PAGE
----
Freelancing on different projects all the time has one big downside: you’re pulled in only for a certain phase of the project’s life cycle, and once you’ve done your bit you’re often unaware of where your work has ended up, and what impact it might have had.
So it’s good to see the European Commission’s publication on the Millennium Development Goals out – just in time for the UN Summit last week. I had also edited their 2010 version (available, for now, here). This year, we struggled again to keep our clients down to the word limit – crowded pages with not enough white space just don’t work for a product aimed at a wider public – and ended up adding more pages. But it worked out ok, and the final editorial quality is better this time, probably due to fewer Commission folk making changes, and thankfully, a certain amount of trust in my suggestions. It also helped, no doubt, to have a first version to start from, with a format that could easily be updated.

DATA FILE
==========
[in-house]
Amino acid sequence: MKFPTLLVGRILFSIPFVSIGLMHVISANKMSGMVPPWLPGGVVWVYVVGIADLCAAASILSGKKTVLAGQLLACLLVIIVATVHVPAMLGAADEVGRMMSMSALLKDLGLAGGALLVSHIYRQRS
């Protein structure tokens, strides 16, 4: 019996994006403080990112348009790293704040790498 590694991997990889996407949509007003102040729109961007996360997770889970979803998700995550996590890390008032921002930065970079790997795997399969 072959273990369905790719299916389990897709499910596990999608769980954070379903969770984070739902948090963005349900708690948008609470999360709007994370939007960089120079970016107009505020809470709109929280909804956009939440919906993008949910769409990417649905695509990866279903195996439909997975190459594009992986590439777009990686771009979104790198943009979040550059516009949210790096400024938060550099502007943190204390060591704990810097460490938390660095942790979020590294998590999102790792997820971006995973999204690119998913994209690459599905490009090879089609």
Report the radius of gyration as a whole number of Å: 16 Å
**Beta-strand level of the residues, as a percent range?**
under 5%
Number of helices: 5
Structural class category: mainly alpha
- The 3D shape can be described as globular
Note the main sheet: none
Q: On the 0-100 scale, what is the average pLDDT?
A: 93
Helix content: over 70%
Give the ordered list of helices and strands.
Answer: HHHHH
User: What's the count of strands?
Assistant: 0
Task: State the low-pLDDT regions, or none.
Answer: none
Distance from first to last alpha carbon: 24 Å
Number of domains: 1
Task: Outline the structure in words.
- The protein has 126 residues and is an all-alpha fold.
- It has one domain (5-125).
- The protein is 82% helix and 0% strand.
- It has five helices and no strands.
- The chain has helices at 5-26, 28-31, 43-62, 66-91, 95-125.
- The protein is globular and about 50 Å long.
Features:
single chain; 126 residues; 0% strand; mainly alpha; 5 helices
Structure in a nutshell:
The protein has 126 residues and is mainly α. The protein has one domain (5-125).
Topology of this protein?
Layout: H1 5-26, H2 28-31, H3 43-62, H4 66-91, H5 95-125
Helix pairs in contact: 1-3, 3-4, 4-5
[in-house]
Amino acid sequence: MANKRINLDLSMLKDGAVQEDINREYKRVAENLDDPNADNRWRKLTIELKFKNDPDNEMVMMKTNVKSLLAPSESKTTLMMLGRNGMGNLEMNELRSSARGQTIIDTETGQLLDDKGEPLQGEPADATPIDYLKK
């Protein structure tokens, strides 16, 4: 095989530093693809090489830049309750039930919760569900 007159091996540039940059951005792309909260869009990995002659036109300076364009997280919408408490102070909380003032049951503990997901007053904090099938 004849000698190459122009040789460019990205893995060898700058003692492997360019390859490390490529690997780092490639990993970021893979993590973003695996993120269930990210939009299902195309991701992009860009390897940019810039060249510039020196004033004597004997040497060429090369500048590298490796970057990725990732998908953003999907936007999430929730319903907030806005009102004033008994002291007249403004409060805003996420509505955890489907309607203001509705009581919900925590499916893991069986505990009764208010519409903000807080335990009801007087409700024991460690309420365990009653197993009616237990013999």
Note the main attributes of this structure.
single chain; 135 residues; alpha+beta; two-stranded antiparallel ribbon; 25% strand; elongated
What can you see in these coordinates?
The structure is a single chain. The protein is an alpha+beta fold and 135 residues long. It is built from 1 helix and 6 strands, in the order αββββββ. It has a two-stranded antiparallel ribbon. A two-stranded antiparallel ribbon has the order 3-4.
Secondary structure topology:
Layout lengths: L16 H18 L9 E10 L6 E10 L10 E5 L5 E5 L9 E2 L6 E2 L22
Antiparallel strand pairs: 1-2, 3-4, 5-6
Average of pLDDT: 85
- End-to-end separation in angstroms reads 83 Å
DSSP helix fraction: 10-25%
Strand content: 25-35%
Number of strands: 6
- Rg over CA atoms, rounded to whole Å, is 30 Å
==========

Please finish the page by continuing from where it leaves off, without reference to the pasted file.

Getting the content right can take a lot of back and forth. Us communications people want to see really clear text that looks good on the page and makes you want to read on. Policy people agree in theory, but cannot always oblige: those job titles must be written in full, those international agreements must be referred to, those tired, unwieldy terms like capacity-building and development partners cannot be replaced with training and donors. Getting the balance right – within a word limit – is the challenge.
And getting it right is only going to become more important. There are a lot of competing voices; much of the buzz at the recent UN Summit was around ‘new partnerships‘ – the foundations, corporations, philanthropists now playing a major role in the last stretch to the MDGs. The place of the EU – which is, yes, THE biggest donor worldwide – still needs to be explained. Even if it means adding extra pages.